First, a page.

November 1, 2013 11:25 p.m.
Starting with a new company back in 2001 threw me into a slight Windows and heavy Linux environment. We had an Exchange server for internal email and a client still running NT4. Although, production servers were linux. And I use that term loosely since most of them were on Cobalt RaQ servers. Back then, Cobalt did not mean linux/redhat truly, but a form of a redhat based OS was there. The directory structure of where things lived were not necessarily in the standard places. However, it was still linux and fairly easy to adapt.
Living in a mixed Unix/Linux and Windows environment can be tough at times. Especially when you are the one and only brain in the chair guy that has all the answers. It's very hard to be the expert for both Windows and Linux/Unix at the same time! How many can actually say that they know everything about IIS (6, 7 and 7.5) running on different Windows platforms, while at the same time claim to know about Apache 1.3+ to 2+ on Linux, Unix and FreeBSD systems as well?
This is just web server based at this point. Enter in MSSQL, MySQL, Postgres, Oracle, etc... SMB, NFS, DNS, DHCP, Firewalls, LDAP, Active Directory. It can totally make you crazy, right?
Windows and Unix/Linux can easily live in the same environment. It just needs to be configured by someone who understands the complexity and understands the needs.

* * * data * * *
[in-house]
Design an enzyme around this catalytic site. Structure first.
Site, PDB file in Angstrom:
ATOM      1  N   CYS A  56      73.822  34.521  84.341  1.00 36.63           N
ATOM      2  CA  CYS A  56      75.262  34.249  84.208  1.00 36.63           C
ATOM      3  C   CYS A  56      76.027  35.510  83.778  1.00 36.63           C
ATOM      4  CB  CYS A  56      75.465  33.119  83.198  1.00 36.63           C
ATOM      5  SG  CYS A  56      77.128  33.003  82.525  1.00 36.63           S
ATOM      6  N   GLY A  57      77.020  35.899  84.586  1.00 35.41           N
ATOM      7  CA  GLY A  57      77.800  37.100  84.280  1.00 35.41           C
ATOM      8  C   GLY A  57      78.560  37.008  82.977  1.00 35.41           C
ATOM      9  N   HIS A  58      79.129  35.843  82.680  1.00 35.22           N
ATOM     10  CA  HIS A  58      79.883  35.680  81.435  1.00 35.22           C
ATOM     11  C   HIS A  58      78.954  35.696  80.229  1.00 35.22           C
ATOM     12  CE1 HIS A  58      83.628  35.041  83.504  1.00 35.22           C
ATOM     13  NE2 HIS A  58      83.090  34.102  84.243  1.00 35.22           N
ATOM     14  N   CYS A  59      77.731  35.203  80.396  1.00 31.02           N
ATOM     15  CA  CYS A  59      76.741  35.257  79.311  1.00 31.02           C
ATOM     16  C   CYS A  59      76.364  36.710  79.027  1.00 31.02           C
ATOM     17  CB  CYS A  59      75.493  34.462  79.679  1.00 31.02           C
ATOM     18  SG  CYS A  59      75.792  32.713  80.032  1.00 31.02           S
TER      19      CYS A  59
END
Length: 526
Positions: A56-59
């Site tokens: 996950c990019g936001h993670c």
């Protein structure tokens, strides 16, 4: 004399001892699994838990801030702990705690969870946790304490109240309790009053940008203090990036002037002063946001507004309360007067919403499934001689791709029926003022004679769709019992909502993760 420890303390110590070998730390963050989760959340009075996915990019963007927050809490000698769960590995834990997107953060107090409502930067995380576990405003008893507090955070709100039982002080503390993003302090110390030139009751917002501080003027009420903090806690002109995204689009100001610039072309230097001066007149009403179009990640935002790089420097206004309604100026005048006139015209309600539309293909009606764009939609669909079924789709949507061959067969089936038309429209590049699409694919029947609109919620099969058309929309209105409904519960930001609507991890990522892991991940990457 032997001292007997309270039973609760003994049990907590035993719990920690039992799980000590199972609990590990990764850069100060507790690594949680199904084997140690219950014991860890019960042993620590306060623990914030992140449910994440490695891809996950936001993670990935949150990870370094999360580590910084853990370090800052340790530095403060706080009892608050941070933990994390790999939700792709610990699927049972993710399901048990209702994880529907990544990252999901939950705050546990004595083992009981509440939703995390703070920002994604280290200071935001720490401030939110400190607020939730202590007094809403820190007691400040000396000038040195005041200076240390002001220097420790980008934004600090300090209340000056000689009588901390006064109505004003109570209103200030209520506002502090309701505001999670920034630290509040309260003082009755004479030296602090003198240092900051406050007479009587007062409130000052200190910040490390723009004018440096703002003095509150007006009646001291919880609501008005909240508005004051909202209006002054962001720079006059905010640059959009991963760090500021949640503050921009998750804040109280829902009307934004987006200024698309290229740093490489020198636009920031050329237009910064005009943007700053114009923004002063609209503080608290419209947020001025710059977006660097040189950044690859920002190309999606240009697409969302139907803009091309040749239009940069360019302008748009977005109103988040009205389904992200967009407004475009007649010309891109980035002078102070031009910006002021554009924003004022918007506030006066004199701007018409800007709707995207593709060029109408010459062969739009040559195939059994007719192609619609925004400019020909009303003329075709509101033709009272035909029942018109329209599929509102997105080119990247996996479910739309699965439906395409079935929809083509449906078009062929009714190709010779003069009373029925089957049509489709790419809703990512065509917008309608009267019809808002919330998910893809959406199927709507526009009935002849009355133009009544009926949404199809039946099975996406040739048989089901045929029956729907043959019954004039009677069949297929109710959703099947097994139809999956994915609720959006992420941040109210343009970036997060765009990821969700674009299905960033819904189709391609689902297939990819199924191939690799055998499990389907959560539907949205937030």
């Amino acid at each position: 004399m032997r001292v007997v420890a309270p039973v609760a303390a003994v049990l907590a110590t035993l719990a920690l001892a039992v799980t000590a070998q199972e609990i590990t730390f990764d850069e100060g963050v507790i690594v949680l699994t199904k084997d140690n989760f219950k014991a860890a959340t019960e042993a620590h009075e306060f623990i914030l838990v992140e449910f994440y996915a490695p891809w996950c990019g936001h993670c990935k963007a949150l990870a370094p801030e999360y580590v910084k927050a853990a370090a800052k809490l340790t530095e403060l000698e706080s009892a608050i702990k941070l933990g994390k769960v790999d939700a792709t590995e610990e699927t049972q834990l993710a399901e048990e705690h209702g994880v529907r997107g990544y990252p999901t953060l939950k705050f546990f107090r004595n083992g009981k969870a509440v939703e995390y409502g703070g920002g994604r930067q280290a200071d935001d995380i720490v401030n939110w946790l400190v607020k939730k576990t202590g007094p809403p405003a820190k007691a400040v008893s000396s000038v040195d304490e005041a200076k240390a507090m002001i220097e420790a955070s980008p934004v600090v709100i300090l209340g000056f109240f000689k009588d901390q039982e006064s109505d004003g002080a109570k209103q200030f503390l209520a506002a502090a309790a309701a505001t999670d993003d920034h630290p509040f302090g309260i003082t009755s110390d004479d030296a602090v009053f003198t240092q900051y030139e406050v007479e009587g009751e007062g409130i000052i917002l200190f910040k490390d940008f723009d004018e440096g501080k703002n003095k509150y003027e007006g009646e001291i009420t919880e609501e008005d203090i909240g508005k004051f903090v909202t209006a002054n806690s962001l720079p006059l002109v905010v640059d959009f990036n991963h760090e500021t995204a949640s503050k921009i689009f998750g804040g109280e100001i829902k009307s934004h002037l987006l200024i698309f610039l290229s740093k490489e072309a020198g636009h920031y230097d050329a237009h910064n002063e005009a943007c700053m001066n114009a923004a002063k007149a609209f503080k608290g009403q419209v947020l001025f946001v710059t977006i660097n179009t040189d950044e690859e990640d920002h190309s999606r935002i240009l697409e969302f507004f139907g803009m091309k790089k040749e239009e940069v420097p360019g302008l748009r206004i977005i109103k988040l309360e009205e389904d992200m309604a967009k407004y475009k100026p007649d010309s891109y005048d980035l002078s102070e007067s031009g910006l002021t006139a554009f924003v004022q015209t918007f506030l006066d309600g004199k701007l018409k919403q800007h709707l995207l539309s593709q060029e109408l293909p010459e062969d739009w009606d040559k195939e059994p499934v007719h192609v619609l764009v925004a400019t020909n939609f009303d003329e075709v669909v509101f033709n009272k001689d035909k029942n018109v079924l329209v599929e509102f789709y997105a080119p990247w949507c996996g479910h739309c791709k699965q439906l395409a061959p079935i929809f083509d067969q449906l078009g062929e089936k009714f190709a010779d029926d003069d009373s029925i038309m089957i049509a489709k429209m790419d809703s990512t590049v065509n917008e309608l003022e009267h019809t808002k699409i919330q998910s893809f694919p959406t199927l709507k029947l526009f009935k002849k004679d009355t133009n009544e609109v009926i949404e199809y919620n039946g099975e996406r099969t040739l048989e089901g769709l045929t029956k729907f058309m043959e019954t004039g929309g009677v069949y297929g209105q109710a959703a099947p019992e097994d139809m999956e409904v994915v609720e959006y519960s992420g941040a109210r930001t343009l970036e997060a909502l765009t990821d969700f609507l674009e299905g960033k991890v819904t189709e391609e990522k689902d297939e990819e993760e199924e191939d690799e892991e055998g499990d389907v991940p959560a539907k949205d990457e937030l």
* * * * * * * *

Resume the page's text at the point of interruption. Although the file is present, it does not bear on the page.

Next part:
Does a Windows machine ever need to serve web pages that are not windows specific (asp, etc...). Not ever! If it's html, php, python, jsp (tomcat), etc. Apache does it better. Databases also fall into that situation. People will at times install apache and mysql on a windows box. Why would you do that? Because it's easy? Because windows is your comfort zone? How is troubleshooting that down the road? I'm sure that Windows Event Log provides tons of useful information.
Alright, I'll stop beating a dead horse now. Basically I'm saying that Windows and Linux can both live together in harmony. However, people using the systems cannot expect them to be easily interchangeable. It takes knowledge and skill to work with both. It takes more knowledge and skill to make both work together.